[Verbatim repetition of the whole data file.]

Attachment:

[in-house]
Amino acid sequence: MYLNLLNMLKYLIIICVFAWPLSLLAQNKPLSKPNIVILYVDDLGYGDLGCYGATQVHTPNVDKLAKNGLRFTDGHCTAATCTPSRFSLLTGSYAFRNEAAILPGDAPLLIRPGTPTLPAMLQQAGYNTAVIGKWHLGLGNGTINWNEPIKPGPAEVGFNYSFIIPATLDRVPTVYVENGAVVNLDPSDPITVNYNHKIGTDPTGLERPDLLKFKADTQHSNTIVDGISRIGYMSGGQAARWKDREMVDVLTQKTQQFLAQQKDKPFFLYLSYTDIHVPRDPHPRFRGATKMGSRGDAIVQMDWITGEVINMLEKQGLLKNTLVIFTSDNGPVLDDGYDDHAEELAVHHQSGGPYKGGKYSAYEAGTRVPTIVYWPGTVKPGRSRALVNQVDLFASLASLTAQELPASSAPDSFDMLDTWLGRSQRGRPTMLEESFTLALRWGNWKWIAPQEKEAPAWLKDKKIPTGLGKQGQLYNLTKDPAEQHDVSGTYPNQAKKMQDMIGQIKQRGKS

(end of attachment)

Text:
[in-house]
Amino acid sequence: MYLNLLNMLKYLIIICVFAWPLSLLAQNKPLSKPNIVILYVDDLGYGDLGCYGATQVHTPNVDKLAKNGLRFTDGHCTAATCTPSRFSLLTGSYAFRNEAAILPGDAPLLIRPGTPTLPAMLQQAGYNTAVIGKWHLGLGNGTINWNEPIKPGPAEVGFNYSFIIPATLDRVPTVYVENGAVVNLDPSDPITVNYNHKIGTDPTGLERPDLLKFKADTQHSNTIVDGISRIGYMSGGQAARWKDREMVDVLTQKTQQFLAQQKDKPFFLYLSYTDIHVPRDPHPRFRGATKMGSRGDAIVQMDWITGEVINMLEKQGLLKNTLVIFTSDNGPVLDDGYDDHAEELAVHHQSGGPYKGGKYSAYEAGTRVPTIVYWPGTVKPGRSRALVNQVDLFASLASLTAQELPASSAPDSFDMLDTWLGRSQRGRPTMLEESFTLALRWGNWKWIAPQEKEAPAWLKDKKIPTGLGKQGQLYNLTKDPAEQHDVSGTYPNQAKKMQDMIGQIKQRGKS